In the play A Raisin in the Sun by Lorraine Hansberry, the protagonist Walter wants the ten thousand dollars of insurance money from his father's death. He wants it so he can fulfill his dream of owning a liquor store. His mother does not give him the money. There are three reasons why she does not give him the money. To begin with, she does not believe in drinking. Secondly, she had planned to use the money for Beneatha's education. The last reason is that she wants to buy a new house for her family. Walter responds unpleasantly to this, declaring that Mama has destroyed his dream. Eventually, he realizes other people have dreams too and it was at that point when he loses his selfishness.
Walter shows us that change is important. His ambitions are all materialistic; he would do anything to have charge of enough money to open a liquor store. His dreams change Walter into a greedy, corrupt person. Walter, for a majority of the play, is insatiable in his desire for money and for the finer things in life. His materialism is almost the downfall of the family.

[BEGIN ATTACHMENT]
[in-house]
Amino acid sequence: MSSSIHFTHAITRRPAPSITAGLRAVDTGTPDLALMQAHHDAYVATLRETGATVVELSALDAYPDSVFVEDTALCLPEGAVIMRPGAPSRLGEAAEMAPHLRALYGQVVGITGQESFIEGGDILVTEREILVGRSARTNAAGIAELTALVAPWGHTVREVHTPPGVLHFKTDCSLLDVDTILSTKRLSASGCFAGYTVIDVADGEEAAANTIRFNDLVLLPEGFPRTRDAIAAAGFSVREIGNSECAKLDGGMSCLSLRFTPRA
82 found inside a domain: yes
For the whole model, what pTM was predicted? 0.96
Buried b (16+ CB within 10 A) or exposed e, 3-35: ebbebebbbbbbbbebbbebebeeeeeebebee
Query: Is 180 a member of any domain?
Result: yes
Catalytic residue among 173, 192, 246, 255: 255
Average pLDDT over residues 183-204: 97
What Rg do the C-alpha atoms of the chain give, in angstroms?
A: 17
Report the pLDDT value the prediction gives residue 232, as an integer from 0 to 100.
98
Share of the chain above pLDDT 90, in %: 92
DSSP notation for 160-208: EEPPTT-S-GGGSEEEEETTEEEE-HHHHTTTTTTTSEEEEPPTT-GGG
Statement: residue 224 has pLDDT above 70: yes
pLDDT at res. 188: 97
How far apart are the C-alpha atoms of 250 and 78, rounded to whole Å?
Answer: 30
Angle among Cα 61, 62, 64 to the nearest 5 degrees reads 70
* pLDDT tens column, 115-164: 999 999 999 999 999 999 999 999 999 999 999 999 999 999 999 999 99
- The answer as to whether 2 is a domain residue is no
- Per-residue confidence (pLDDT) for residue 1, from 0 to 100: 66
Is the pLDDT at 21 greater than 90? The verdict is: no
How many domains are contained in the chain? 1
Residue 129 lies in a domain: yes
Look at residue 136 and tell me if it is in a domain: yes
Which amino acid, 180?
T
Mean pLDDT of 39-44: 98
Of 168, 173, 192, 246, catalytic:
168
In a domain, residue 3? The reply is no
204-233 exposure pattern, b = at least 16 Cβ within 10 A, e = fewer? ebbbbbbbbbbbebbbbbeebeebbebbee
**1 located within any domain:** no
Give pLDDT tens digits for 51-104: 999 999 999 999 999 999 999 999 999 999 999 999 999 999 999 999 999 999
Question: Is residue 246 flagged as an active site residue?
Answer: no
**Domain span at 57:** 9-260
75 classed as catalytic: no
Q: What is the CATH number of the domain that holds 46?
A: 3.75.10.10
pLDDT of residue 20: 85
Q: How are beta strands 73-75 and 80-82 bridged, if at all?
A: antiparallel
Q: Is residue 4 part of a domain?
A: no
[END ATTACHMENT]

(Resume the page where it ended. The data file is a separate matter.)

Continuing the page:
The main event that forced Walter to change was when Mama entrusts him with $6,500 and stern instructions to put $3,000 away for Beneatha's medical education, Walter still lets his greed get the better of him, and squanders the money on a venture that never took off, because of another man's theft.
It is only at the end of the play do we finally see Walter begin to mature and show some responsibility for both his actions and his family. He refuses the offer from Mr. Linder to reconsider moving into their all-white neighborhood and plans to move in to their new home. Also he supports his family's dreams. This shows how he has changed as a person over the course of the play.
A Raisin in the Sun was clearly a play in which the author meant to demonstrate change and it's impact. Walter realizes that money isn't everything. Evidently, changes in life are necessary to improve one's...